For companies purchasing and utilizing electronic components, the firm ERAI is a mandatory resource for information on counterfeit products hitting the market. Recently, ERAI ran a blog post listing a host of websites known or suspected to be selling counterfeit electronics. According to ERAI, the companies on their list “These sites have been set up with the intent to commit fraud. Dozens of victims have come forward sharing nearly identical experiences.” Clearly, ERAI wants you to take this seriously.
I’ve gone one step further, and checked on the companies and websites listed by ERAI as being engaged in fraud. Sure enough, some bear ISO certifications or other accreditations.
The website at I-components.com includes three curious logos on the footer of its site: that of the Chinese accreditation body CNAS, that of the IAF and finally that of UL. None of these make sense by themselves, and would raise suspicions to anyone who understands the inner workings of ISO certifications. CNAS only accredits certification bodies (registrars), and yet I-components doesn’t actually show any registrar. The IAF logo also only means something with respect to accreditation bodies, and wouldn’t apply to i-components. It’s also impossible for the company to claim its entire catalog is UL listed, since that’s done on a per-product basis, so slapping the UL logo on the website is a clear indication of fraud.
A handful of other websites from I-Components, including i-components.si and i-components.sk, also include the CNAS, IAF and UL logos.
The distributor Components Shop also includes the CNAS and UL logos, but adds that of ISO itself. That site then includes product data sheets citing ISO 9001 certifications. Those data sheets appear to come from legitimate companies, such as Abracon, who are probably entirely unaware their names and certifications are being invoked by a Chinese counterfeiter.
A seemingly related website for Components Center features a similar claim, again using the ISO and CNAS logos:
The website for Buy Components likewise includes the ISO and IAF logos, as well as that of the Electronic Components Industry Association, an organization that is supposed to police these sorts of things:
The website for Now Component goes further, adding a false claim of AS9100C certification to its bevy of logos including that of CNAS, ISO and the IAF to their footer:
Let’s be clear: in all these cases, none of the companies actually hold any ISO 9001 or AS9100 certifications. The websites are clearly the work of one or two single companies, as they share core design aesthetics and layouts, and all come from China.
By the way, some usage of the Internet Archive’s “Wayback Machine” shows the illegal use of these logos going back over a year or more, so the problem is not recent.
What’s particularly problematic is the fact that the CNAS and IAF logos appear so regularly on these sites. Fraudulent companies know they can get away with it, because neither IAF nor CNAS are interested in carrying out their obligations to prevent such things.
If the name “CNAS” rings a bell, it’s because it stands for the China National Accreditation Service, and its chief executive, Xiao Jianhua, is the Chair of the IAF (International Accreditation Forum.) The IAF sits over the world’s entire accreditation scheme, and has handed over control to an executive of an organization that not only produces more fraudulent ISO 9001 certificates than any on the planet, but manages the organization that seems to do such a poor job in controlling the illegal use of its logo by companies selling deadly counterfeit components to medical device and aerospace companies.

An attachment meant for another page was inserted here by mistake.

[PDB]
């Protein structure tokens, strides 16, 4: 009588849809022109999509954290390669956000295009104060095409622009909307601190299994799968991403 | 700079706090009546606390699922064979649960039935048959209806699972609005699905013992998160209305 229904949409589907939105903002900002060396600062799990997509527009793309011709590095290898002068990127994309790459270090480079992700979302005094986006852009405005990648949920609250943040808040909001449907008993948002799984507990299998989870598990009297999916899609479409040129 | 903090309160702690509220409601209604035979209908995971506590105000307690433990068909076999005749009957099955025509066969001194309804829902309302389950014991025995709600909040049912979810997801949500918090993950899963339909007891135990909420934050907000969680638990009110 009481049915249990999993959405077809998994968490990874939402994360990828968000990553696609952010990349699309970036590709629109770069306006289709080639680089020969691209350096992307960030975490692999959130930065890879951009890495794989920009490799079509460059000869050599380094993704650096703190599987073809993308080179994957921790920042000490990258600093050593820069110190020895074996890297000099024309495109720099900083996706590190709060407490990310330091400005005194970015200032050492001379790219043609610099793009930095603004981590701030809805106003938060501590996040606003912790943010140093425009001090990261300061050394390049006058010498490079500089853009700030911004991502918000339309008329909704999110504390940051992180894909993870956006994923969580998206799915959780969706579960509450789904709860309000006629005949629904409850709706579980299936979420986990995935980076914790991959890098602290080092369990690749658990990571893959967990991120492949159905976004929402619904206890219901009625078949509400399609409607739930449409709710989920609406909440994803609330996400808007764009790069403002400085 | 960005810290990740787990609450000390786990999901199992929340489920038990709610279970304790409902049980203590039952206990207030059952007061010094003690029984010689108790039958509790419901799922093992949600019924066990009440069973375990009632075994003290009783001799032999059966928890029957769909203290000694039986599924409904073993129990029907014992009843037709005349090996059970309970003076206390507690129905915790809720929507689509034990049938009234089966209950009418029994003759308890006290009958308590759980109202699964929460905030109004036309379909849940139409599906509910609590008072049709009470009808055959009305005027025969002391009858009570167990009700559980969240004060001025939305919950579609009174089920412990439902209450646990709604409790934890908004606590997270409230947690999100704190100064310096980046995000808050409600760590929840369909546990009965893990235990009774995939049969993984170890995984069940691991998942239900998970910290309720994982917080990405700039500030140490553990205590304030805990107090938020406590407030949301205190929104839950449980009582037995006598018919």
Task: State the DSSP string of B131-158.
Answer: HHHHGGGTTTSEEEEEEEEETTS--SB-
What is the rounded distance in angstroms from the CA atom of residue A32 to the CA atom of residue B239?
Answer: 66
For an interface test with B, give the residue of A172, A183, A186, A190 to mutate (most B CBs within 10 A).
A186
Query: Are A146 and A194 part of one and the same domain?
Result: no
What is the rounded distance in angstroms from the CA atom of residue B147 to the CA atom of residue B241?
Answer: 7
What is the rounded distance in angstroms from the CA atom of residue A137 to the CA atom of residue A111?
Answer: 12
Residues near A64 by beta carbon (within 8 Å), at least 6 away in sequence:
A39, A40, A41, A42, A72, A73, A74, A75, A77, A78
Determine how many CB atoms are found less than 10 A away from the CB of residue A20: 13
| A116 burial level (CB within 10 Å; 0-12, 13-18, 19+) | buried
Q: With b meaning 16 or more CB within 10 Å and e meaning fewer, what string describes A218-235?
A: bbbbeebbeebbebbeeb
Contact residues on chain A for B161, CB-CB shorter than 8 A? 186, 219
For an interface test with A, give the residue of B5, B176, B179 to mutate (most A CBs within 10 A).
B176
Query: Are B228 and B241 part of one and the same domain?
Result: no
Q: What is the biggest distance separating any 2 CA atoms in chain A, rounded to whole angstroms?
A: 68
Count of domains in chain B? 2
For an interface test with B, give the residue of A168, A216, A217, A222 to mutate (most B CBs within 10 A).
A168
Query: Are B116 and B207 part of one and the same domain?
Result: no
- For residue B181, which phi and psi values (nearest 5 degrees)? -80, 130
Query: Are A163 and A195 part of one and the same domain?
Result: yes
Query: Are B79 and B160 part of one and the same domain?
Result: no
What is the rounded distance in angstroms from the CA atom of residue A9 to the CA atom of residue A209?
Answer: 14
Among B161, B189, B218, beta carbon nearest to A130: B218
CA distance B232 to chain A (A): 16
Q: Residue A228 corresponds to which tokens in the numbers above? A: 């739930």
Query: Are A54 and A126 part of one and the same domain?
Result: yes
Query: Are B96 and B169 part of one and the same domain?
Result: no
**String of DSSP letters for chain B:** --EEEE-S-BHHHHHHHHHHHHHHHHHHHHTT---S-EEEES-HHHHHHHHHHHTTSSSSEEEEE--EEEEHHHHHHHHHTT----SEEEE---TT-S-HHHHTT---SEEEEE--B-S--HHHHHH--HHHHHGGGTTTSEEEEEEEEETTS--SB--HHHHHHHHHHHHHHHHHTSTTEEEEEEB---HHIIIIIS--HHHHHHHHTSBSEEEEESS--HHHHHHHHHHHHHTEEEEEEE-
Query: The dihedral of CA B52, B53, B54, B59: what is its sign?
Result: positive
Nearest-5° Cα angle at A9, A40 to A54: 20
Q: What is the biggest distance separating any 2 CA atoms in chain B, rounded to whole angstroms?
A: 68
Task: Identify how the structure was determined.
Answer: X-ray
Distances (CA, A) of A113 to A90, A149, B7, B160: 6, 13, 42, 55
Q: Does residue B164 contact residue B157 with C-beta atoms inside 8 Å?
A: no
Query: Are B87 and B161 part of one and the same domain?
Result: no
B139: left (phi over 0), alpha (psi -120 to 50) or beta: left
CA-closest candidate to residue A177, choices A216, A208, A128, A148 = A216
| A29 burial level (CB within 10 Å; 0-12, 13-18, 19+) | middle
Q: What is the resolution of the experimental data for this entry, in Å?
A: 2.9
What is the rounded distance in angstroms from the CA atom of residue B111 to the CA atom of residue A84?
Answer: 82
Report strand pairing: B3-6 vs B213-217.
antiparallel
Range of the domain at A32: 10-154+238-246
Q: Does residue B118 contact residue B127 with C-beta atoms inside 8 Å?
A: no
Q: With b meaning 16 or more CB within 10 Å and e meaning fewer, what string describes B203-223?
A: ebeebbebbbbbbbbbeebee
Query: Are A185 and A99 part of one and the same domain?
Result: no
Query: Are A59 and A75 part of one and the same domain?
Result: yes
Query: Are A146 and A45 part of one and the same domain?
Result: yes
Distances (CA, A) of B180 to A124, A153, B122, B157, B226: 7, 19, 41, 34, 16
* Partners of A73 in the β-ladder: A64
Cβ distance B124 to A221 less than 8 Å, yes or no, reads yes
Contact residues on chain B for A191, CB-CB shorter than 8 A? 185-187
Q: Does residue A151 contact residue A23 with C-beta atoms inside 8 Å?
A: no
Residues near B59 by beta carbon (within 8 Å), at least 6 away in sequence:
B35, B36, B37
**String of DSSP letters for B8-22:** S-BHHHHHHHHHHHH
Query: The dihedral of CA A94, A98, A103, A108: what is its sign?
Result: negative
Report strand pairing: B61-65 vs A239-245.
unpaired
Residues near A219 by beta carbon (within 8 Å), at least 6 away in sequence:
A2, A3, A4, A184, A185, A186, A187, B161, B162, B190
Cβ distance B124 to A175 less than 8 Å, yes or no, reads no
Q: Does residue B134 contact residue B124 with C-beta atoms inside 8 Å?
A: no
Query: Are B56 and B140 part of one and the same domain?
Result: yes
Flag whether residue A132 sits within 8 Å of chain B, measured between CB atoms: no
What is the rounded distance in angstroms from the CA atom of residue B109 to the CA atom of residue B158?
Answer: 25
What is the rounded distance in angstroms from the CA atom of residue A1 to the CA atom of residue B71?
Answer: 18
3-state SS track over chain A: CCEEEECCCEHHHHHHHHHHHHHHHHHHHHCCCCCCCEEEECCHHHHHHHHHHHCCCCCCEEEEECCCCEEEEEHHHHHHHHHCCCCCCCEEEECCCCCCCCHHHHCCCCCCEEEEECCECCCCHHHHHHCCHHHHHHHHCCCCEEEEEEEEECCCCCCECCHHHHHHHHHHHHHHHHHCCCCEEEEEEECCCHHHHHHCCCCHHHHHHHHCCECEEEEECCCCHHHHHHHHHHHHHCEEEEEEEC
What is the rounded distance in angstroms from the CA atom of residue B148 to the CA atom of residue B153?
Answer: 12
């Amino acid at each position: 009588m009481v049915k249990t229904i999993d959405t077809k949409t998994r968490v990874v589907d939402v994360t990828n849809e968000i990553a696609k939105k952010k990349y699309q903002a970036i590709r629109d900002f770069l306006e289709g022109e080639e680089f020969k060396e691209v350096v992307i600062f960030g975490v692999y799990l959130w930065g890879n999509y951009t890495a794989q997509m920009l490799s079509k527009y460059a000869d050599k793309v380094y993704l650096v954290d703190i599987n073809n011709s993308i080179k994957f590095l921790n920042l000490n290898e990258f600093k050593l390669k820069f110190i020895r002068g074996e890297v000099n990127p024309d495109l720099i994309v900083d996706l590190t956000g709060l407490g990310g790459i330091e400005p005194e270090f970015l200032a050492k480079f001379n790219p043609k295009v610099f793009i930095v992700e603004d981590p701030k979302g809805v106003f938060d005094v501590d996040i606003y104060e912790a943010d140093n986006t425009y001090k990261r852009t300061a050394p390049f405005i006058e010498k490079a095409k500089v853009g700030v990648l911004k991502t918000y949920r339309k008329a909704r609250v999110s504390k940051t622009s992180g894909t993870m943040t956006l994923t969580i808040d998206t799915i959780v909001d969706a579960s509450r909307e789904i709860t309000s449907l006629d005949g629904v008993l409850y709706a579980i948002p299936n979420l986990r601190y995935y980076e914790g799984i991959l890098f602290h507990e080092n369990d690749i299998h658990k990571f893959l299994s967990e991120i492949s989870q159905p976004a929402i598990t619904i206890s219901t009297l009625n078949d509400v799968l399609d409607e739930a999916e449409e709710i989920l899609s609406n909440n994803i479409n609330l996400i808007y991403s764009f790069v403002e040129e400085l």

CNAS has insisted — and US companies like IAF and ASQ have bought into it — that they are working to make fraudulent use of their logos and counterfeit certificates illegal under Chinese law. The fact that CNAS fails to pursue any serious enforcement of these laws is ignored by IAF and ASQ, and even ISO itself. CNAS’ mandate is to support the directives of the central Communist Party government, which itself is pushing a “Made in China” rebranding that markets Chinese goods as having high quality. The government benefits when fraudulent ISO certificates flood the market as it helps create an illusion that China is a quality producer. After all, consumers don’t know the difference between real and fake ISO 9001 certificates, and the IAF helped worsen this by working to remove requirements for public-facing registries through which the public could verify such certificates. Organizations like IAF, ISO and ASQ benefit from partnerships with China and CNAS, who then promote their organizations and sell memberships, books and certifications to Chinese consumers in return.
So to recap: groups like CNAS, ISO and IAF are tasked to monitor the usage of their logos by fraudulent companies and criminals, but routinely fail to do so. This is because the ISO community has surrendered to China, for short term revenue gains, and has little concern over who gets killed when counterfeit products get used in vehicles and products used by average consumers.
About Christopher Paris
Christopher Paris is the founder and VP Operations of Oxebridge. He has over 30 years' experience implementing ISO 9001 and AS9100 systems, and is a vocal advocate for the development and use of standards from the point of view of actual users. He is the author of Surviving ISO 9001:2015. He reviews wines for the irreverent wine blog, Winepisser.